The Writing Room: My Idea of a Good Time — A Week in the Mountains with a Bunch of Other Writers

Sharon Olds gives a craft talk at Squaw. Photo by Tracy Hall.

By Barbara Falconer Newhall

Want to meet a poet? Like say, Kazim Ali, Forrest Gander, Brenda Hillman, Evie Shockley or Dean Young?

Or maybe your more into prose, and you’d like to get a close-up look at people like Mark Childress (Crazy in Alabama), Glen David Gould (Carter Beats the Devil), Sands Hall (Catching Heaven), Teresa Jordan (Riding the White Horse Home), ZZ Packer (Drinking Coffee Elsewhere) Luis Albert Urrea (The Hummingbird’s Daughter), Diane Johnson (Le Divorce), Alice Sebold (The Lovely Bones), Amy Tan (The Joy Luck Club), and former California Poet Laureate Al Young.

Then think about applying to attend one of the conferences held every summer in the Sierra mountains by the Community of Writers at Squaw Valley.

I’ve attended the Squaw writers workshops three different summers and loved every moment. Mornings are devoted to workshops, afternoons and evenings to readings and very useful panels on craft, choosing an agent, publishing in literary magazines, and the like.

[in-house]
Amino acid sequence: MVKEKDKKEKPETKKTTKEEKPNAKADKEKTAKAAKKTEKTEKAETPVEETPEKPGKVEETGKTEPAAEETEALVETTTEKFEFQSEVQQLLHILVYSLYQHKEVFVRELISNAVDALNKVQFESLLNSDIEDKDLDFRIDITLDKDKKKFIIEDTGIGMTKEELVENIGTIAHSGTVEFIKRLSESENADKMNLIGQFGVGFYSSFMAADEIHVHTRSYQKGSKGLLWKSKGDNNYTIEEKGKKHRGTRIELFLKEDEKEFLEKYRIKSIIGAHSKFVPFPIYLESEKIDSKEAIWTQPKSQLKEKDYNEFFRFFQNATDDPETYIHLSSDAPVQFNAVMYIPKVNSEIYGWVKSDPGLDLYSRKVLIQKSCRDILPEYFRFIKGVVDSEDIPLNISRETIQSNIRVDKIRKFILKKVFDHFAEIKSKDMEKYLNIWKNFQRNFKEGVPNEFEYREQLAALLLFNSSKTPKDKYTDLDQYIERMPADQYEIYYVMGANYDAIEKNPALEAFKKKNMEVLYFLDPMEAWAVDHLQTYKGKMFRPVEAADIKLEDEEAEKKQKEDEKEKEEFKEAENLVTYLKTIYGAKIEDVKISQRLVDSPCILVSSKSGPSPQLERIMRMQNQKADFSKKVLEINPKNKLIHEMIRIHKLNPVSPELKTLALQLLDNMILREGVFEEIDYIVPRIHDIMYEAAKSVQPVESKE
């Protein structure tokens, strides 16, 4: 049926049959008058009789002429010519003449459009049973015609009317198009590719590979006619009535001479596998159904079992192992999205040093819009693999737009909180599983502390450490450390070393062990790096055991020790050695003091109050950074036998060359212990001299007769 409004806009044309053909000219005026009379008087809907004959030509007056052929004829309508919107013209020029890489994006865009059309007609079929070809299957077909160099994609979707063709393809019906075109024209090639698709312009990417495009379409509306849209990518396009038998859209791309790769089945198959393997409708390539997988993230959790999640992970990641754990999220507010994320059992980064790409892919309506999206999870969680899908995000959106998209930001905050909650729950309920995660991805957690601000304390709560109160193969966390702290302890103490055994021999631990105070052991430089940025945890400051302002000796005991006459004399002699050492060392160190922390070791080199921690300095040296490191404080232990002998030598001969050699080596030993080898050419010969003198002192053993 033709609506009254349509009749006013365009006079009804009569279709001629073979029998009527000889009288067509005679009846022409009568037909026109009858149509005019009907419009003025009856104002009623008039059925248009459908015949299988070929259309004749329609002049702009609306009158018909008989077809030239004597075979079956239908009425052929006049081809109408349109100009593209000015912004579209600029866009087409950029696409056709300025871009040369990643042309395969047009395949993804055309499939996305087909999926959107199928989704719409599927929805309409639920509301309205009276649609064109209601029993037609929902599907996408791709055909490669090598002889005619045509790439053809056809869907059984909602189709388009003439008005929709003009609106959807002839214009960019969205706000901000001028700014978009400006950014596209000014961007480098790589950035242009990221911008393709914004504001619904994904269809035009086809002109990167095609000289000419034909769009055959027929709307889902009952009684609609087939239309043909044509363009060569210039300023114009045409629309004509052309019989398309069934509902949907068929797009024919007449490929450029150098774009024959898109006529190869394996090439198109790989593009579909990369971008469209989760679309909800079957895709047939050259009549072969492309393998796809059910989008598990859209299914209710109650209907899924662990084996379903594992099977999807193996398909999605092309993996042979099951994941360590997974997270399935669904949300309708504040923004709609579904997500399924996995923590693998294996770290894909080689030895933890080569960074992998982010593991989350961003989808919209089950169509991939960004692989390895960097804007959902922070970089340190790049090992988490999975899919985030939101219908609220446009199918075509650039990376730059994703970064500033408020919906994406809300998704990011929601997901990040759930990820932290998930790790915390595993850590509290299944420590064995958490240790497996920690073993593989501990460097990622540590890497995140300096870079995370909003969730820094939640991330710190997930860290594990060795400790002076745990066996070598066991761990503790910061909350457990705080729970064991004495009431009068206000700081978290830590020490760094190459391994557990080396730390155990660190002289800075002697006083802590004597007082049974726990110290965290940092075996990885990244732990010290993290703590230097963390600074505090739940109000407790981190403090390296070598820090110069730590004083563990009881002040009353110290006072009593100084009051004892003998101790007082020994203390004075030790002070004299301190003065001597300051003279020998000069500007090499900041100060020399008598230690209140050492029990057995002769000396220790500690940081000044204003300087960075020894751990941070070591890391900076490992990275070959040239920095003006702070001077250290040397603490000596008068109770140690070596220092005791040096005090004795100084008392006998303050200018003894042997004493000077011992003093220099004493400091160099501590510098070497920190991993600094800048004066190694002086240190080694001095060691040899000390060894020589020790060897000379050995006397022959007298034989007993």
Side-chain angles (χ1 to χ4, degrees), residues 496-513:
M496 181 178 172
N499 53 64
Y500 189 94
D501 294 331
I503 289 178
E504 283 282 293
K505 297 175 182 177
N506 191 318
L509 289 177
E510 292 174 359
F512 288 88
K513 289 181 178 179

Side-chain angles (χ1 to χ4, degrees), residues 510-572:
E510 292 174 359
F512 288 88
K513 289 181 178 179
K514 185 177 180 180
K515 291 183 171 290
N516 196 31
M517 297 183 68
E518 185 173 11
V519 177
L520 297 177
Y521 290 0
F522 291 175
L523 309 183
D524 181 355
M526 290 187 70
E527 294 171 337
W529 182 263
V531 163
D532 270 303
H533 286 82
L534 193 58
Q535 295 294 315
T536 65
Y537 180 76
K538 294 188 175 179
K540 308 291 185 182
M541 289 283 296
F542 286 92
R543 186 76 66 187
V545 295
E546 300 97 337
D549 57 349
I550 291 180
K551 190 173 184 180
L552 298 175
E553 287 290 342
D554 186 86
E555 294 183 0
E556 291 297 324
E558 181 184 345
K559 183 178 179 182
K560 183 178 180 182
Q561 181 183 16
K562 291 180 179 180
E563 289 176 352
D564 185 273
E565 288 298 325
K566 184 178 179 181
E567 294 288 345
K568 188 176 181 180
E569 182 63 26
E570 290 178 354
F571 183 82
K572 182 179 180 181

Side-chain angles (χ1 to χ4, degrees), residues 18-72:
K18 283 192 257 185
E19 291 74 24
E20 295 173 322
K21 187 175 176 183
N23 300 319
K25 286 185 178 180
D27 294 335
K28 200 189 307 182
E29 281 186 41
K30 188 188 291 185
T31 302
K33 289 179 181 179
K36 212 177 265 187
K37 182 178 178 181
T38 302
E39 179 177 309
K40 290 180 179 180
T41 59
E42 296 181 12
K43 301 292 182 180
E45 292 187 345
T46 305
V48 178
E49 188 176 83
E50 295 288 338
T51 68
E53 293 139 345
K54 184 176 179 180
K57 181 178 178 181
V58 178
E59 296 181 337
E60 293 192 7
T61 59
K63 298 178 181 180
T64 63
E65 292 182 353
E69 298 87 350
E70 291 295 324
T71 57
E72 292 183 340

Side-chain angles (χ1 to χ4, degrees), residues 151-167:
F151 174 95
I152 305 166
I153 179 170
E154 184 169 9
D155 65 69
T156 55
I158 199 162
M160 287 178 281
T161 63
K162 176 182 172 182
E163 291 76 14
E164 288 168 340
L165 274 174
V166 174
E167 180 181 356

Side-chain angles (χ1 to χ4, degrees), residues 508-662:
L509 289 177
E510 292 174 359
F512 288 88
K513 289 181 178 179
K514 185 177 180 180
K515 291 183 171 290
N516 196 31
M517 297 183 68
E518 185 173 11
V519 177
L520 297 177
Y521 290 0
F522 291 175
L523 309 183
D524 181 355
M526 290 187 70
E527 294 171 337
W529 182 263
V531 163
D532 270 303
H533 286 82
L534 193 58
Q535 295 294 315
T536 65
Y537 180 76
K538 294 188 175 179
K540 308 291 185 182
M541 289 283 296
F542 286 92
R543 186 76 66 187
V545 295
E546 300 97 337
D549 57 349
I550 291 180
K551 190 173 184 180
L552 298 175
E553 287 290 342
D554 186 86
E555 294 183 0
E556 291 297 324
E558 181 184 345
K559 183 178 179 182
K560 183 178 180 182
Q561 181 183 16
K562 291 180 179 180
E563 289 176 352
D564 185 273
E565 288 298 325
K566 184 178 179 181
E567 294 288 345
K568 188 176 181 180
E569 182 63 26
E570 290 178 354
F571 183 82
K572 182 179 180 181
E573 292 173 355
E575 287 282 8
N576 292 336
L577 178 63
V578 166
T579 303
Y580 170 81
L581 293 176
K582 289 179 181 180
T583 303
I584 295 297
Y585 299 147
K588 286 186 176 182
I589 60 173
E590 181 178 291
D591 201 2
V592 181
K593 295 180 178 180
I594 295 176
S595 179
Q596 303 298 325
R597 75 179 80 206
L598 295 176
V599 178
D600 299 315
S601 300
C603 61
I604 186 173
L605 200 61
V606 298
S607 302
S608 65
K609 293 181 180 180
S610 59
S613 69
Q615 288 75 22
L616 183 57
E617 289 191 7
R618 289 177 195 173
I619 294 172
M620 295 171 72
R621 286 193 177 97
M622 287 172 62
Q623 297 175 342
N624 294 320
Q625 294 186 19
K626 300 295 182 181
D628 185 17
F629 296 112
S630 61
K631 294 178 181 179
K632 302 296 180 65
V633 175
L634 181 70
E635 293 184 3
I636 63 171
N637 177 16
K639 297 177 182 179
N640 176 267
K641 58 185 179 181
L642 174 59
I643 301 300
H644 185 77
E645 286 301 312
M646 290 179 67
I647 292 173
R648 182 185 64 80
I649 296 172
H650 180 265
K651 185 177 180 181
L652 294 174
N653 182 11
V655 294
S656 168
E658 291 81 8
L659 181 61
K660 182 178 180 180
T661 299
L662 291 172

Squaw is a great place to work on your writing skills, pitch your book project to agents and editors and, best of all, talk writing all the day long with other writers. Two of those three summers I came away with wonderful new friends who formed two different writing groups that have given me terrific feedback on my own projects over the years.

The really good thing about Squaw is how darned friendly everybody is, including the writers and presenters. I can remember a workshop with Alice Sebold’s agent, Henry Dunow; waiting in line for coffee with Anne Lamott; pelting a panel of agents with questions, and watching scenes from “I Walk the Line” with live commentary from the screenwriter Gil Denis.

You have to submit a manuscript and be accepted to attend Squaw. The application deadlines are in the spring.


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